P SY CH O L O GIC AL SC I E NC E

Research Report

When High-Powered People Fail
Working Memory and ‘‘Choking Under Pressure’’ in Math
Sian L. Beilock1 and Thomas H. Carr2
1

Miami University and 2Michigan State University

ABSTRACT—We

examined the relation between pressureinduced performance decrements, or ‘‘choking under pressure,’’ in mathematical problem solving and individual differences in working memory capacity. In cognitively based academic skills such as math, pressure is thought to harm performance by reducing the working memory capacity available for skill execution. Results demonstrated that only individuals high in working memory capacity were harmed by performance pressure, and, furthermore, these skill decrements were limited to math problems with the highest demands on working memory capacity. These findings suggest that performance pressure harms individuals most qualified to succeed by consuming the working memory capacity that they rely on for their superior performance. For many people, the desire to perform their best in academics is high. Consequences for suboptimal performance, especially in examinations, include poor evaluations by mentors, teachers, and peers; lost scholarships; and relinquished educational and employment opportunities. However, in comparison to research examining the cognitive processes underlying skill learning and execution (e.g., Anderson, 1993; Ericsson & Charness, 1994; Rosenbaum, Carlson, & Gilmore, 2001), little work has addressed the causal mechanisms by which high-stakes situations result in disappointing performances. Even less is known about the characteristics of those individuals most likely to experience unwanted skill failures. Recently, researchers in cognitive and social psychology have begun to address these issues. Three recent studies have focused specifically on failure in mathematics. Ashcraft and Kirk (2001) examined how math anxiety undermines the performance of individuals who, in non-anxiety-provoking task domains, are highly competent. Schmader and Johns (2003)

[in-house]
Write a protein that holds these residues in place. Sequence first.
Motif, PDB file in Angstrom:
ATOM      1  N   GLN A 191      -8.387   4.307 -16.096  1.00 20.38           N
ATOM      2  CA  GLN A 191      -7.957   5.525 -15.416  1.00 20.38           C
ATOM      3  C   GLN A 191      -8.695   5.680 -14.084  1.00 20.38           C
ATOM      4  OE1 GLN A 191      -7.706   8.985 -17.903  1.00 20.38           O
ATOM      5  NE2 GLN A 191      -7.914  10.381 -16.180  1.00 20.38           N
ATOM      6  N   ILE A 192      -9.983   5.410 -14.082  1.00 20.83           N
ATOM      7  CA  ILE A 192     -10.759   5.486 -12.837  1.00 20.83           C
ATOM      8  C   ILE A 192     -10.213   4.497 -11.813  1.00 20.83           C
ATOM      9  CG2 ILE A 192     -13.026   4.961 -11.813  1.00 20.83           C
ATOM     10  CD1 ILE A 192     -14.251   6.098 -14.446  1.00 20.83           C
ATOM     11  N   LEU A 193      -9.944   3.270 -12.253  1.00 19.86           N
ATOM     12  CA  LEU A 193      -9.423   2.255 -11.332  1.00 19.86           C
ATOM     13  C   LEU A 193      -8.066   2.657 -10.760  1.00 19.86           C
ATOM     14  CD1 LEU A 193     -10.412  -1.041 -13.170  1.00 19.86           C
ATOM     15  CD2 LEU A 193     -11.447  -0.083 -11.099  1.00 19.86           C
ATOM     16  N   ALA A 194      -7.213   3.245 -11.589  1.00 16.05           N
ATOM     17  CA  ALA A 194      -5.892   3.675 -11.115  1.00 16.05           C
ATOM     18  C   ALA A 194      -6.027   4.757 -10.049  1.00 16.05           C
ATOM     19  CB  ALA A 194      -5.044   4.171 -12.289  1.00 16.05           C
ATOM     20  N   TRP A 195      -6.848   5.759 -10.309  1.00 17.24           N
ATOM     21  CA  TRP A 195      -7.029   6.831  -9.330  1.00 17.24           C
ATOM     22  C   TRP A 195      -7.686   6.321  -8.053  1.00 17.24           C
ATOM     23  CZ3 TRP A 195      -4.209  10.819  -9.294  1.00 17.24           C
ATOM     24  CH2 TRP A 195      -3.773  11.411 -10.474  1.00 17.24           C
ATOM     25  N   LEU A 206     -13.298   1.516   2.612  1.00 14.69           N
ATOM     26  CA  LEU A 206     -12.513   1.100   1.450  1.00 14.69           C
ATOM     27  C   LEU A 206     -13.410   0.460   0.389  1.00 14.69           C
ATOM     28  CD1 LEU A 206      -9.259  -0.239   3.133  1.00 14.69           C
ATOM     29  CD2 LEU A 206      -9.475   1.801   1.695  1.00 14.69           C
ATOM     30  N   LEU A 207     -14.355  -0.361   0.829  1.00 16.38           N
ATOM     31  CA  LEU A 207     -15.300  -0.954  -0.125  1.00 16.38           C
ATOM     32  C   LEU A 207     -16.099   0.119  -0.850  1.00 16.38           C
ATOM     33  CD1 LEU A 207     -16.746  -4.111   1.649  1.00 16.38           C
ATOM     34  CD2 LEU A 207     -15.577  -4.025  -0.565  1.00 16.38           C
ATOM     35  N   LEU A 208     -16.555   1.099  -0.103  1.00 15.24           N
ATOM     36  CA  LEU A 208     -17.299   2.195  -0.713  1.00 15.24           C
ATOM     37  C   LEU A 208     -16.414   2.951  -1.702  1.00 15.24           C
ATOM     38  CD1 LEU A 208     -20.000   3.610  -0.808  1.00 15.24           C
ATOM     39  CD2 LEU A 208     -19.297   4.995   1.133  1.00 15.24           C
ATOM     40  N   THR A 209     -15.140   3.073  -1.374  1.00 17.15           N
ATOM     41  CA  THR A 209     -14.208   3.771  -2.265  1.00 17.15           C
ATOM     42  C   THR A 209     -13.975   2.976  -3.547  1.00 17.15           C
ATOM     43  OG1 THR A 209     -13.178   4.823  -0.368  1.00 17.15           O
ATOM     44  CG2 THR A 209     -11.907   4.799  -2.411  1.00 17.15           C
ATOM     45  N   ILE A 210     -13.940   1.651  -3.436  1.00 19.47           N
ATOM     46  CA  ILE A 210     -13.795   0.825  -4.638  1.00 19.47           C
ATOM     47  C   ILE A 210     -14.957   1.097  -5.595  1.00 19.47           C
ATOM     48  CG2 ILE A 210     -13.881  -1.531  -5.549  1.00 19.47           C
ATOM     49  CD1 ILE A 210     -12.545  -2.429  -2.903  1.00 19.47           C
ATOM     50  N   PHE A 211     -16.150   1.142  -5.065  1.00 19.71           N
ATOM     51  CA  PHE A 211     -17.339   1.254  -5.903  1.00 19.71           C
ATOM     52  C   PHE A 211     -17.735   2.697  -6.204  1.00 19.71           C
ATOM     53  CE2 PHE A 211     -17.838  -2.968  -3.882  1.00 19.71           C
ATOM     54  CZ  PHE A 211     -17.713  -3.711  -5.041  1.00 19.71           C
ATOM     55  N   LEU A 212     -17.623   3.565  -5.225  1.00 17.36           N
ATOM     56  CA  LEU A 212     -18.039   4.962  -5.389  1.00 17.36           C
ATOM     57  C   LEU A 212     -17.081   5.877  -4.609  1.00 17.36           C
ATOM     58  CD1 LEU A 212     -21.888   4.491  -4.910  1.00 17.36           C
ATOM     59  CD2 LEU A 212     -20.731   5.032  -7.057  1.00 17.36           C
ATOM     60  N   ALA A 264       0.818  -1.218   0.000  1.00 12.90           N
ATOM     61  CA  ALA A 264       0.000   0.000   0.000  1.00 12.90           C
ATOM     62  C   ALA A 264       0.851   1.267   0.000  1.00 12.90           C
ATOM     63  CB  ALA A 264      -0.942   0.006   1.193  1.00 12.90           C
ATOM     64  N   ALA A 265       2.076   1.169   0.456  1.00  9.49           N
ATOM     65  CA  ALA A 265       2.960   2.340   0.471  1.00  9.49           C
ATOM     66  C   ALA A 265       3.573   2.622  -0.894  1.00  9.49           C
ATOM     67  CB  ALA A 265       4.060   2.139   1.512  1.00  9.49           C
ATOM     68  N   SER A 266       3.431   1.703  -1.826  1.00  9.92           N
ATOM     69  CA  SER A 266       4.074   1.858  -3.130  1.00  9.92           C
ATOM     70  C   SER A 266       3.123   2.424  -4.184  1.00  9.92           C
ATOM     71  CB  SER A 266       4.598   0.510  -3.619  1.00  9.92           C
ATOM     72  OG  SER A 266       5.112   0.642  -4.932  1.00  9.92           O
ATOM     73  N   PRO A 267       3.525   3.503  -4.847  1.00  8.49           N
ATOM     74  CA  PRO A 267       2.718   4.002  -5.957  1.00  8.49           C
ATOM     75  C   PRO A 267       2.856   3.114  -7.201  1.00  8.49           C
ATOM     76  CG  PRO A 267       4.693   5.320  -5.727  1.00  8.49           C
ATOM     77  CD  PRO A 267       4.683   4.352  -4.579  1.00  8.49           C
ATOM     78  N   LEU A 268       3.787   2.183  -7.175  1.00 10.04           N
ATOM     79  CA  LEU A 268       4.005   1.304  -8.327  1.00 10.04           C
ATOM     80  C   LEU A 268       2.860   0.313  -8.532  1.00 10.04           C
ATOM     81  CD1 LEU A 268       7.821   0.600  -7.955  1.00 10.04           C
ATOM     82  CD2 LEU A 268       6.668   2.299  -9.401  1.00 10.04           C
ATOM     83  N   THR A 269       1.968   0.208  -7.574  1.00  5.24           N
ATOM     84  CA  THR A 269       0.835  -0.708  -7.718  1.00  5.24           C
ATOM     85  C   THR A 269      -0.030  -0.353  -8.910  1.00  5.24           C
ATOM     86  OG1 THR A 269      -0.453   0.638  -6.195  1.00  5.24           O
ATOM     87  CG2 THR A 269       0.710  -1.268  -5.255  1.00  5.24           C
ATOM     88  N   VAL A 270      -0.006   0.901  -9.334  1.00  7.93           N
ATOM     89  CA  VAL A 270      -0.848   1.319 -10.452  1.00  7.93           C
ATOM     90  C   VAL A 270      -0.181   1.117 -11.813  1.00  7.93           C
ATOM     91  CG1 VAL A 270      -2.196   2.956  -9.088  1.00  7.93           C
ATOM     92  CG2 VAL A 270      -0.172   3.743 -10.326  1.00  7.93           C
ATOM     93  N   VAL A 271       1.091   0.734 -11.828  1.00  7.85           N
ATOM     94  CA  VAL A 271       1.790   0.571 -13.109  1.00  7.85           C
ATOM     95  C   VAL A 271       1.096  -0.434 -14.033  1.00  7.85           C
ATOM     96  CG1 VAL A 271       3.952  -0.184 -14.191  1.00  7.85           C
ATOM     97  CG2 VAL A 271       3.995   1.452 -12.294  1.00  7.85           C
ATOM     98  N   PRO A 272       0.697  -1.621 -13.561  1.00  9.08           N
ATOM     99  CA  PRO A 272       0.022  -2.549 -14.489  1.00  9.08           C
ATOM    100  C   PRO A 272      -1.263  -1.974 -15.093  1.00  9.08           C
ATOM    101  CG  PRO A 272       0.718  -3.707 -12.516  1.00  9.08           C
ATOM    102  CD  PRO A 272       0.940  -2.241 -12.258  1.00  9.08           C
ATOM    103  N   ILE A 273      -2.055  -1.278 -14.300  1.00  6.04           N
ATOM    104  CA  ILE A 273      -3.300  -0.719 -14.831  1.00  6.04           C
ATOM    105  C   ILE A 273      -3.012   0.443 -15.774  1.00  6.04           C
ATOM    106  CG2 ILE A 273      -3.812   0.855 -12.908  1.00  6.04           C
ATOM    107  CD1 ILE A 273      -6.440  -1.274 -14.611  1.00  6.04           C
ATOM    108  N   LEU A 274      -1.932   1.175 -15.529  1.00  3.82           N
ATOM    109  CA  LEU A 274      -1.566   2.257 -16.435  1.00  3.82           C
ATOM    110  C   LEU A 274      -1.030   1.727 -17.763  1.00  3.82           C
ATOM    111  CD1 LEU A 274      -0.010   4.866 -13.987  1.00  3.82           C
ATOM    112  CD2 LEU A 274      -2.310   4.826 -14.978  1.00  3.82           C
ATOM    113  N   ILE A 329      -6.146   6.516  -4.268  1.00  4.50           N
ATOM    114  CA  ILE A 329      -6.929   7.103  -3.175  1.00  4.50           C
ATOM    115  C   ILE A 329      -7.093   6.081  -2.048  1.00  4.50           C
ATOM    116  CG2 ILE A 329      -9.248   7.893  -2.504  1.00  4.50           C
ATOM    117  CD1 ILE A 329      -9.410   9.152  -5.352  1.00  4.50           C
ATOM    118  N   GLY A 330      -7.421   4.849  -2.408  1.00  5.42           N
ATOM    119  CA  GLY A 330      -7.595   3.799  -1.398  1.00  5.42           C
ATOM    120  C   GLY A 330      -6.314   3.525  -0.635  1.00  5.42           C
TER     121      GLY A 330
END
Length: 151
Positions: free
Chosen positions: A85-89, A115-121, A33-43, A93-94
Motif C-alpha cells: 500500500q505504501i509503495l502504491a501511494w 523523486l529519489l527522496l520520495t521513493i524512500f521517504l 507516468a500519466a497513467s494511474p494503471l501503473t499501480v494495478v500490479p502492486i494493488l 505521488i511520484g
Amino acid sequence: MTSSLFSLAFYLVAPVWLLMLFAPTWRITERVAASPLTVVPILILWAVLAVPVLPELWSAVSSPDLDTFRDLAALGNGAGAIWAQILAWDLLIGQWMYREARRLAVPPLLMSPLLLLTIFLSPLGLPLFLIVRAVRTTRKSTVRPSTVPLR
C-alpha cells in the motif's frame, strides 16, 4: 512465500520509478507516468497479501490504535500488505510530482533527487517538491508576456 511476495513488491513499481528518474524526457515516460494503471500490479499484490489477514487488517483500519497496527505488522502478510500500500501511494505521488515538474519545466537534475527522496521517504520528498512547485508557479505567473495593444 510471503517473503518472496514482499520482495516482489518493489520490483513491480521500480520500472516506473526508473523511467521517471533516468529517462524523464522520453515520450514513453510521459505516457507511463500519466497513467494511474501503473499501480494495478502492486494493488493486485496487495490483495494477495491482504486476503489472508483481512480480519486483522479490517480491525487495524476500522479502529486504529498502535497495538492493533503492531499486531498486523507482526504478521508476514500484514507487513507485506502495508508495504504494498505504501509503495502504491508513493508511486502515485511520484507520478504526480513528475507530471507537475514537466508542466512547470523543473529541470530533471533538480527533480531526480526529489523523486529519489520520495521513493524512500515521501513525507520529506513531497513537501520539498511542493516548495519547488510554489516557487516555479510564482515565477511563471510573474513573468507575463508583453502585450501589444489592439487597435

Address correspondence to Sian L. Beilock, Department of Psychology, Miami University, Room 202, Benton Hall, Oxford, OH 45056; e-mail: beilocsl@muohio.edu.

examined the cognitive mechanisms responsible for stereotype threat in math. Stereotype threat occurs when awareness of a negative stereotype about a social group in a particular task results in less-than-optimal performance by members of that group (Steele, 1997). And we (Beilock, Kulp, Holt, & Carr, 2004) explored the cognitive processes governing ‘‘choking under pressure.’’ Choking, or performing more poorly than expected given one’s skill, occurs in situations in which the desire for high-level performance is maximal (Beilock & Carr, 2001). Surprisingly, these studies of diverse phenomena yielded similar conclusions concerning how suboptimal performance arises in mathematical problem solving. All involved working memory, a short-term memory system that maintains, in an active state, a limited amount of information with immediate relevance to the task at hand while preventing distractions from the environment and irrelevant thoughts (Hasher, Zacks, & Lustig, in press; Kane & Engle, 2000, 2002). If the ability of working memory to maintain task focus is disrupted, performance may suffer. Ashcraft and Kirk (2001), and other anxiety researchers (Eysenck & Keane, 1990), have suggested that anxiety generates intrusive worries about the situation that occupy part of the working memory capacity normally devoted to skill execution. Moreover, research by Gray (2001; Gray, Braver, & Raichle, 2002) indicates a ‘‘double whammy,’’ because anxiety is an unpleasant emotion, and unpleasant emotional states reduce the working memory capacity available for any verbal information, whether necessary task information or situational worries. Schmader and Johns (2003) argued that stereotype threat also interferes with performance by consuming or reducing the working memory capacity that individuals need to perform successfully. Finally, we (Beilock et al., 2004) found support for distraction theories of choking, according to which, like anxiety, pressure creates mental distractions that compete for and reduce working memory capacity that would otherwise be allocated to skill execution. Together, this work suggests that compromises of working memory cause failure in tasks that rely heavily on this system. However, knowledge of the causal mechanisms governing

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Copyright r 2005 American Psychological Society